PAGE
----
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As we commemorate Human Rights Day, our pledge and commitment should be premised on the pursuit to make rights practically realisable for all peoples, writes Ndivhuwo Mabaya.
International Human Rights Day is observed every year on 10 December, the day the United Nations General Assembly adopted, in 1948, the Universal Declaration of Human Rights (UDHR).
This year's Human Rights Day marks its 70th anniversary but also the centenary of former president Nelson Mandela and Albertina Sisulu's lives. These icons embodied the UDHR.
The declaration, born from the ashes of two devastating world wars, consists of 30 articles affirming basic human rights and fundamental freedoms for all and emphasises that "all human beings are born free and equal, both in dignity and in rights".
Although the declaration is not legally binding, its articles have been elaborated in subsequent international human rights treaties, regional human rights instruments, national constitutions and other laws.
The declaration has significantly contributed to the centrality of human rights in our national jurisprudence. South Africa is a state party to all International human rights treaties that stemmed from the UDHR, most notably the International Covenant on Economic, Social and Cultural Rights (ICESCR) and the International Covenant on Civil and Political Rights (ICCPR). These two core human rights covenants, taken together with the UDHR, have become known as the UN Bill of Rights.
The anniversary of the UDHR also coincides with the anniversary of South Africa's Constitution, which was signed into law on 10 December 1996 by President Mandela. The Constitution is predicated on the UN Bill of Rights and guarantees the rights enshrined in both the ICESCR and the ICCPR.
The international community was, at the time of the adoption of the UDHR and its two covenants, full of hopes and dreams that the ideal of free human beings enjoying freedom from fear and want can only be achieved if conditions are created whereby everyone may enjoy both sets of rights. The international community was encouraged and looking forward to fulfilling its obligations to promoting universal respect for, and observance of human rights and fundamental freedoms.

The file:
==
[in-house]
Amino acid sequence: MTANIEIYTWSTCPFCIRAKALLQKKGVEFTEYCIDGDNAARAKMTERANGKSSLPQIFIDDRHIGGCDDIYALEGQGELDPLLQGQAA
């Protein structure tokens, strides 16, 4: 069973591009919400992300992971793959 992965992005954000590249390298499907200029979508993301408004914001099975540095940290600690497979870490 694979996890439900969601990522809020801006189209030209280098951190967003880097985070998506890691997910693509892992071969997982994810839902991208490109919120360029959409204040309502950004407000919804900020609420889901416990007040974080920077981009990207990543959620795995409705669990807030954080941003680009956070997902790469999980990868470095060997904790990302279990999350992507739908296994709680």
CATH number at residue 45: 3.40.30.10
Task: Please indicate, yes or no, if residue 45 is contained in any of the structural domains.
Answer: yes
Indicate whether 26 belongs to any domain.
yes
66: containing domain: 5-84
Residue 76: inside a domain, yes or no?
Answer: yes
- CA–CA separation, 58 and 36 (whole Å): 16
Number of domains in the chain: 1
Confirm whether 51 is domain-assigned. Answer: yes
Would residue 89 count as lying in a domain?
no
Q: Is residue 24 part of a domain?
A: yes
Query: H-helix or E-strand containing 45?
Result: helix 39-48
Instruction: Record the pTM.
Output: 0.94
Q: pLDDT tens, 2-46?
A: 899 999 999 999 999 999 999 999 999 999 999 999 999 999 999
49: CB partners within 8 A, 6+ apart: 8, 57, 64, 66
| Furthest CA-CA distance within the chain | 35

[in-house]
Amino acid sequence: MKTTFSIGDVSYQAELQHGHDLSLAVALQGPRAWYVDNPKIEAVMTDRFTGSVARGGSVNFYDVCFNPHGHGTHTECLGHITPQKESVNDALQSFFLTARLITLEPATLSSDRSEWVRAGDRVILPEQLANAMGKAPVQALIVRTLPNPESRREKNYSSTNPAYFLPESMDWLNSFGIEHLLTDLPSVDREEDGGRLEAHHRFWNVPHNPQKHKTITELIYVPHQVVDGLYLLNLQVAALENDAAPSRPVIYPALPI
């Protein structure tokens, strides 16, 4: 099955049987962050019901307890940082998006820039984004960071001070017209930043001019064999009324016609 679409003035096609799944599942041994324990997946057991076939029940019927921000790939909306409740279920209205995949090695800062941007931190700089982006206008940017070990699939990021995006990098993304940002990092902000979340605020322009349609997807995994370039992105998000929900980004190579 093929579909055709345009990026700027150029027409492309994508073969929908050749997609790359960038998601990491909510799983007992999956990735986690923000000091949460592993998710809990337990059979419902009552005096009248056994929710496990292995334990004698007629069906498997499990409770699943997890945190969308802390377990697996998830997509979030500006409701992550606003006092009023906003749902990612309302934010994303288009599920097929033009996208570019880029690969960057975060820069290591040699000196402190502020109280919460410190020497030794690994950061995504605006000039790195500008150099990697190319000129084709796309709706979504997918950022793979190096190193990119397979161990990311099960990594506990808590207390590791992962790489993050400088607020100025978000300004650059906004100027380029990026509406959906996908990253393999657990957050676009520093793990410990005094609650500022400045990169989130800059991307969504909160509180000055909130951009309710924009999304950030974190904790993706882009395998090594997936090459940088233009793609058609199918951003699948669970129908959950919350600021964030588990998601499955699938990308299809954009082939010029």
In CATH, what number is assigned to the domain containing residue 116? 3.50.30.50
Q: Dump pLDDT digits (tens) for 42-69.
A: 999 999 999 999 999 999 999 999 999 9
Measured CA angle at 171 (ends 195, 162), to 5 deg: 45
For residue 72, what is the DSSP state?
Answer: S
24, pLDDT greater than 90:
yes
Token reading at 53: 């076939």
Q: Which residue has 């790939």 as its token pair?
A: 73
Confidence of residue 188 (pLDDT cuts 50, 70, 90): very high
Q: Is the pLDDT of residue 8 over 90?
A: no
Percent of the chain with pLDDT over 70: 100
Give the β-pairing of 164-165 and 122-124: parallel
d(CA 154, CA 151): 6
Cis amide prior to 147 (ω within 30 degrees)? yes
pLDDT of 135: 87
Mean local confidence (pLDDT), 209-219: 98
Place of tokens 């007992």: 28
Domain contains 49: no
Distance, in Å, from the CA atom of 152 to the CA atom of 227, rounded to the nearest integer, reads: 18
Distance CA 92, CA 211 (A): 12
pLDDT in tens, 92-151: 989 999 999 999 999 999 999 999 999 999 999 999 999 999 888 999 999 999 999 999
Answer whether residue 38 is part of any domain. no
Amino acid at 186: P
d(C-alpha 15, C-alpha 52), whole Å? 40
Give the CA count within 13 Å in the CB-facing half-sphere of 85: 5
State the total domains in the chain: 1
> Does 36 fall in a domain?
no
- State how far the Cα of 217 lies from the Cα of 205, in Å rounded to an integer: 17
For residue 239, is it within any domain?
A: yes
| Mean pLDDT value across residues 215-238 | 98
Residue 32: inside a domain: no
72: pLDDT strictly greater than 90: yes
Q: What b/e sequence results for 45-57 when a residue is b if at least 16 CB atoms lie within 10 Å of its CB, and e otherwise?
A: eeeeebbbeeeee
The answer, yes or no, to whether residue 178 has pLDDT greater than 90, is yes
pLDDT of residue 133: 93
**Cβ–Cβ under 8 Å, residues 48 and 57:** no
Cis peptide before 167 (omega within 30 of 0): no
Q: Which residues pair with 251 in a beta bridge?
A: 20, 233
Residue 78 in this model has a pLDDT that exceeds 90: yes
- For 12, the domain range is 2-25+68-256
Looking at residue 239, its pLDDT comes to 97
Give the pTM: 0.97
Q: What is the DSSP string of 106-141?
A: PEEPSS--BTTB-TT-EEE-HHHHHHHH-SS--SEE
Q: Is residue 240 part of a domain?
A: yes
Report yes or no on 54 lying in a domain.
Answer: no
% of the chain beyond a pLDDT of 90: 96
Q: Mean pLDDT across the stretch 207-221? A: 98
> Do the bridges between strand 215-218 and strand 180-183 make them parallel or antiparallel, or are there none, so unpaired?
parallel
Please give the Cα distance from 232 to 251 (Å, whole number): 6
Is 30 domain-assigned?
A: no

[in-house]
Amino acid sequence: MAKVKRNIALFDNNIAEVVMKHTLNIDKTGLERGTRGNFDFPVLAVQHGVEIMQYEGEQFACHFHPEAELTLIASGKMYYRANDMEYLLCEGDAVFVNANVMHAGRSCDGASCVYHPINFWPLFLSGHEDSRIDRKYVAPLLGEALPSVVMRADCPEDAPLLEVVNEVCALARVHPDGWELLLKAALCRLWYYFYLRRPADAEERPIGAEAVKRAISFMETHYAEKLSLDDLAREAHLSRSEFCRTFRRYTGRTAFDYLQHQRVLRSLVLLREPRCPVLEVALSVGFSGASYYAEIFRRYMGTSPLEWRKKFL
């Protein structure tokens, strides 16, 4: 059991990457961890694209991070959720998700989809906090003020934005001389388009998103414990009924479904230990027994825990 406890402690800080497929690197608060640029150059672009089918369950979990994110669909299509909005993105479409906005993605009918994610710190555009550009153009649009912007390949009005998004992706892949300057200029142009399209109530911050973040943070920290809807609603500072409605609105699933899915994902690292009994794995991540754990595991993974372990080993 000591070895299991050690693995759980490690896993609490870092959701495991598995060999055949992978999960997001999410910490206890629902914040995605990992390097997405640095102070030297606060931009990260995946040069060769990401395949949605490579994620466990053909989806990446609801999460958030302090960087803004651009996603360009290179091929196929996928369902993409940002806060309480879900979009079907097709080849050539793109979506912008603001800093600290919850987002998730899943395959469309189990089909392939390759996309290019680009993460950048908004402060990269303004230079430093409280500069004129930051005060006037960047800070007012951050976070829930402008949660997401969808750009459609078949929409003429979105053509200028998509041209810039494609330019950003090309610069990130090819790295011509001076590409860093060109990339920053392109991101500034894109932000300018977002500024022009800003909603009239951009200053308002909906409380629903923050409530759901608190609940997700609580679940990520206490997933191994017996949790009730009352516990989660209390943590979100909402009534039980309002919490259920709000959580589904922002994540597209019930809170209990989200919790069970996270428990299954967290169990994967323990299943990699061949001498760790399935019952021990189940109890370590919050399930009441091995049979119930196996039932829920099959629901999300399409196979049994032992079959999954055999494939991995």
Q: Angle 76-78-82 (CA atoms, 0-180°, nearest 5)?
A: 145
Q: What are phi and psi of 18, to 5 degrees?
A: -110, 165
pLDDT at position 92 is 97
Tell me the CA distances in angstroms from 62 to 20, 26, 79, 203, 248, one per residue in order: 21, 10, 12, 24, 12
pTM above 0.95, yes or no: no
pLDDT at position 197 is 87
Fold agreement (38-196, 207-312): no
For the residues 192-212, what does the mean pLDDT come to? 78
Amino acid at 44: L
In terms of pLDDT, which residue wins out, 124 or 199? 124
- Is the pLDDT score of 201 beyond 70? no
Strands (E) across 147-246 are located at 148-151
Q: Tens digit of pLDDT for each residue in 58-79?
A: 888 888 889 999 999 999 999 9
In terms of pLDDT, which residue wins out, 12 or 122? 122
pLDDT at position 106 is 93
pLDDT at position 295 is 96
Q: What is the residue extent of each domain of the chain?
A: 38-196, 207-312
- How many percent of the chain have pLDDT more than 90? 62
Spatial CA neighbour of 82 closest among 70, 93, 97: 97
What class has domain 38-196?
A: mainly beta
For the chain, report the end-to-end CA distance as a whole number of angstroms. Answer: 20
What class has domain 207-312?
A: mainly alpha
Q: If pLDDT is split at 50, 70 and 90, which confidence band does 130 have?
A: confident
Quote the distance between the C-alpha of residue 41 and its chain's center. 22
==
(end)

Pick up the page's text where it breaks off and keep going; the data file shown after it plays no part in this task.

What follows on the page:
Seventy years on, most of these dreams remain largely unfulfilled. This is due to the fact that we are still faced with the persistent challenges of racism, racial discrimination, xenophobia and related intolerance, as well as poverty and inequality. We can only eliminate them through collective effort and cooperation.South Africa is a believer in multilateralism, the rule of law and global solutions to global problems.
We commend the United Nations, in particular the Human Rights Council, on what it has accomplished but much more has to be done. In line with the two covenants, President Mandela believed that humanity cannot be free without achieving the right to self-determination. No human being can enjoy any human right without this right.
For South Africans, because of apartheid, this right is fundamental, hence our unwavering support for the people of Palestine and Western Sahara. Until they are free, we are also not free, and he would have hoped that we would finish the work of achieving self-determination.
As we commemorate Human Rights Day, our pledge and commitment should be premised on the pursuit to make rights practically realisable for all peoples through the respect for, promotion, protection and fulfilment of all the universally recognised human rights and fundamental freedoms. We also hope that today's commemoration offers an opportunity, in the context of the 70th anniversary of the UDHR, to rally us globally around common values that bind us in the human rights instruments that we have.
The UDHR and its concomitant UN human rights instruments are a good arsenal for use by states to ensure that their citizens are better placed to practically enjoy and realise their human rights. It is clear that humanity still has more to do to give effect to the original vision envisaged in the UDHR.
- Ndivhuwo Mabaya is spokesperson of the Department of International Relations and Cooperation.
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